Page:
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Heatsink 201 - Even More About Heatsink Design



In this webinar we will discuss how manufacturer’s data is obtained, and why this may not be applicable for use in design by showing a simple example of how a heatsink interacts locally with the surrounding airflow.

We will illustrate why heatsinks are not as simple to use as they first appear, and why they should be designed for a particular application. We will also talk more about the myths surrounding heatsinks and their application, and give some practical advice concerning heatsink design and attachment. The presentation will conclude by looking at different optimization strategies for heatsink design.

This session is a continuation on from Heatsink 101, during this 45 minute presentation we will dig deeper into how heatsinks work and discuss why they are not as simple as they look. Before you listen to this presentation we suggest you listen to Heatsink 101. Engineers involved in board and chassis design will find the video demonstrating heatsink design optimization using simulation particularly educational.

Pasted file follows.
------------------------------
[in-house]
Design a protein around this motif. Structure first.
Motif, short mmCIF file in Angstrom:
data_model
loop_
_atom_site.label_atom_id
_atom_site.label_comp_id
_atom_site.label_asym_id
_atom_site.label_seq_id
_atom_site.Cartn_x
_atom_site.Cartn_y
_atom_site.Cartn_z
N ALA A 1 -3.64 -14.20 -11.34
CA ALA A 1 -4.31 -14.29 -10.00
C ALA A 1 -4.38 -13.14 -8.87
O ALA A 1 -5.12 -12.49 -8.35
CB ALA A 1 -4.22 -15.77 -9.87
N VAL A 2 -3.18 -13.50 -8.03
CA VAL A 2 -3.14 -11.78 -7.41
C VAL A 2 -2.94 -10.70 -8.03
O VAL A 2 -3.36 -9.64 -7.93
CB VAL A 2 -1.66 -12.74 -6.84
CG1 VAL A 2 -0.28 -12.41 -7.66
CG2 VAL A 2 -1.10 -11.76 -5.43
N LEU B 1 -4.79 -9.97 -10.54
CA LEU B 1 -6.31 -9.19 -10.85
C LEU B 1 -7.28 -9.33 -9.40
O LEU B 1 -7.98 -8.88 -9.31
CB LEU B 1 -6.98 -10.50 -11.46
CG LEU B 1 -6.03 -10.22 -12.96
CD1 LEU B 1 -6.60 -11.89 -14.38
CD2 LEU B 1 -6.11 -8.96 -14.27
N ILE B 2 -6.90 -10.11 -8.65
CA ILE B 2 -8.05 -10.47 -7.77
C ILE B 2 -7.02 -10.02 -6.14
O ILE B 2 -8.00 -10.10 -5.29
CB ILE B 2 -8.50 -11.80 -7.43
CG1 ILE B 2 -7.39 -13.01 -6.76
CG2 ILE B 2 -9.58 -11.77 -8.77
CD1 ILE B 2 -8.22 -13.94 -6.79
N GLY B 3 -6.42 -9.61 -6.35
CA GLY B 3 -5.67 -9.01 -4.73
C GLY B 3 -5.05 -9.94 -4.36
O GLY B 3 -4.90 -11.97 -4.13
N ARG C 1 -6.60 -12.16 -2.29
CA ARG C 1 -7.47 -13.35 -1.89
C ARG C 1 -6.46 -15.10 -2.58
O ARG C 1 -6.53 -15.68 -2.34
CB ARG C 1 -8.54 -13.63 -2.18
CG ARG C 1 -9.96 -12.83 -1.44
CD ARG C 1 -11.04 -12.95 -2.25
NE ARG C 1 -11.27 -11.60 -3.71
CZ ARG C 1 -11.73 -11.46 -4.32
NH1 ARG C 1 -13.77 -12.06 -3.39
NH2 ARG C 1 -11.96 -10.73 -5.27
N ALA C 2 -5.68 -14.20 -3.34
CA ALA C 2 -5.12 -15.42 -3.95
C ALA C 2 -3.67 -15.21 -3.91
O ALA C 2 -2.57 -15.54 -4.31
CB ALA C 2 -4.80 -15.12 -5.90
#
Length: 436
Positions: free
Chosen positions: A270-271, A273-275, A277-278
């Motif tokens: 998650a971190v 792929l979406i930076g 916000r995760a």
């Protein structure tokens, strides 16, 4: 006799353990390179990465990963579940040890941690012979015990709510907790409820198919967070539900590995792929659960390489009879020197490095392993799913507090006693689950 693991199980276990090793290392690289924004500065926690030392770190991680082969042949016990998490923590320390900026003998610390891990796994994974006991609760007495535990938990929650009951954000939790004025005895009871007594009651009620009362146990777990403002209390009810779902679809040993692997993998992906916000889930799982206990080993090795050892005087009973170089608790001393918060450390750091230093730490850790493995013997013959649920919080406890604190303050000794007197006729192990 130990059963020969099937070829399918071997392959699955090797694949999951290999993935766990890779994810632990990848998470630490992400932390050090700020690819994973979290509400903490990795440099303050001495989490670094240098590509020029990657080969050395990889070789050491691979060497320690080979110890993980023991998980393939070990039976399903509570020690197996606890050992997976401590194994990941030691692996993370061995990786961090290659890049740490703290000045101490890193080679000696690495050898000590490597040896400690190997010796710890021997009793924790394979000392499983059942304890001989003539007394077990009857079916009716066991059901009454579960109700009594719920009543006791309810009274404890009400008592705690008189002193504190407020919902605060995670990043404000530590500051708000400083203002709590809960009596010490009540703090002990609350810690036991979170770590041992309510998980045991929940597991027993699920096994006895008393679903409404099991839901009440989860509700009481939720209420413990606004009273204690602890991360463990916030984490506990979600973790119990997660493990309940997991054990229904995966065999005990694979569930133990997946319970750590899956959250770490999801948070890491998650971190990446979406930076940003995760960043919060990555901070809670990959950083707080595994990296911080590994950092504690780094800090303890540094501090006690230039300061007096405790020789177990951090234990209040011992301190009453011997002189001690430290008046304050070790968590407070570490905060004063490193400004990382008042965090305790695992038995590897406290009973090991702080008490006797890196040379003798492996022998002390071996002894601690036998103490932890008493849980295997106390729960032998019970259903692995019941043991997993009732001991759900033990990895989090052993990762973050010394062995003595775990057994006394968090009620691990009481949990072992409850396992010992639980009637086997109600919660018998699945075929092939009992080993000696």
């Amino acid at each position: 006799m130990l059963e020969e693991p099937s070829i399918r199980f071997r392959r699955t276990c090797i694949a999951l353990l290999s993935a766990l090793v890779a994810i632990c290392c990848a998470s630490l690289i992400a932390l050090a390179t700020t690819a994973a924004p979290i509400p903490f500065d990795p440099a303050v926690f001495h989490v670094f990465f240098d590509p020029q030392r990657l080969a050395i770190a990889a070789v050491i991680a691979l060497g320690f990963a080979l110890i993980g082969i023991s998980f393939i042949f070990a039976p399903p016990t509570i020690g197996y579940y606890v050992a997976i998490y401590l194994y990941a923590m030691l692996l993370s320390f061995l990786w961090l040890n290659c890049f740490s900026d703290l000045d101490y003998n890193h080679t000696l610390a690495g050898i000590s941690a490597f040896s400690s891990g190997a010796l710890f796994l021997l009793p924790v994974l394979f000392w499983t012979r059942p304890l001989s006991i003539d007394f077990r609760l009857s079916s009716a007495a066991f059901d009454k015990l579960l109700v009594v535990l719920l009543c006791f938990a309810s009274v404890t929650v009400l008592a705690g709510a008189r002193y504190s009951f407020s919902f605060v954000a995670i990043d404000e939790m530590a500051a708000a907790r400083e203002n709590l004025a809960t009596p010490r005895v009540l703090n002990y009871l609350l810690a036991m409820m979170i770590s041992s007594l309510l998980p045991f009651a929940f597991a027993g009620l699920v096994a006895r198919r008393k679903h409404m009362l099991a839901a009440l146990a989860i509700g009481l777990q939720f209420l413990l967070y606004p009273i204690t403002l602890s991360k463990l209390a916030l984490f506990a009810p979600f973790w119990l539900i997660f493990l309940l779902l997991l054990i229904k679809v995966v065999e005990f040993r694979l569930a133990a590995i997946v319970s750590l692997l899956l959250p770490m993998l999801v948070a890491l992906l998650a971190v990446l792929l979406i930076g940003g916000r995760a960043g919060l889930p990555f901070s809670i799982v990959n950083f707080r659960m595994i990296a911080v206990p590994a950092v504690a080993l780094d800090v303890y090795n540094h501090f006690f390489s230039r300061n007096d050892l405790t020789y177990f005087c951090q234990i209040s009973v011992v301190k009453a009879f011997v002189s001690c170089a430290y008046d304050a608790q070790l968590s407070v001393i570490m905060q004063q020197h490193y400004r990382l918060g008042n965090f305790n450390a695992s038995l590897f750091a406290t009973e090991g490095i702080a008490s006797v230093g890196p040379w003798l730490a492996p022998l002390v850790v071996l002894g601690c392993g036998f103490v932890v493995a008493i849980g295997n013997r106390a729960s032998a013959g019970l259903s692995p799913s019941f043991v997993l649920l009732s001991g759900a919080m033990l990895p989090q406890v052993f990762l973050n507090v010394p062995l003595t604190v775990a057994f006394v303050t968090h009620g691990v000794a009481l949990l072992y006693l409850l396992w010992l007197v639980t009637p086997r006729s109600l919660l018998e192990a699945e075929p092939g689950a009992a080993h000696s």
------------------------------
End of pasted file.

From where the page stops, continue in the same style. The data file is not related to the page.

What You Will Learn

  • Why heatsinks are not as easy to use in practice as they first appear
  • How to design a heatsink in context, i.e. for a specific electronics cooling application
  • How airflow interacts with a heatsink, helping you understand heatsink behavior
  • Practical issues in the design and use of heatsinks
  • Optimization strategies to achieve the most appropriate heatsink design

Q and A Transcript

About the Presenter

Presenter Image Dr. John Parry, CEng.

John Parry joined Mentor Graphics’ Mechanical Analysis Division (formerly Flomerics) in 1989 as the head of the Customer Services department. After four years, John moved to the Research department and he has been managing the division’s research activities since 1997.

Having published many technical papers over the years, John’s technical contributions include the development of compact thermal models for fans, heat sinks and chip packages. He is also a subject-matter expert in the application of Design of Experiment and optimisation techniques.

John serves on several conference committees. He was the General Chair of SEMI-THERM 21 and currently represents the Mechanical Analysis Division in the JEDEC committee on thermal standards.

Who Should View

  • Engineers who have thermal problems with electronics-based applications
  • CAD, CAE and other Technical Managers with product thermal responsibility
  • Thermal Engineers
  • Mechanical Engineers
  • Mechanical Designers Board and Chassis Designers

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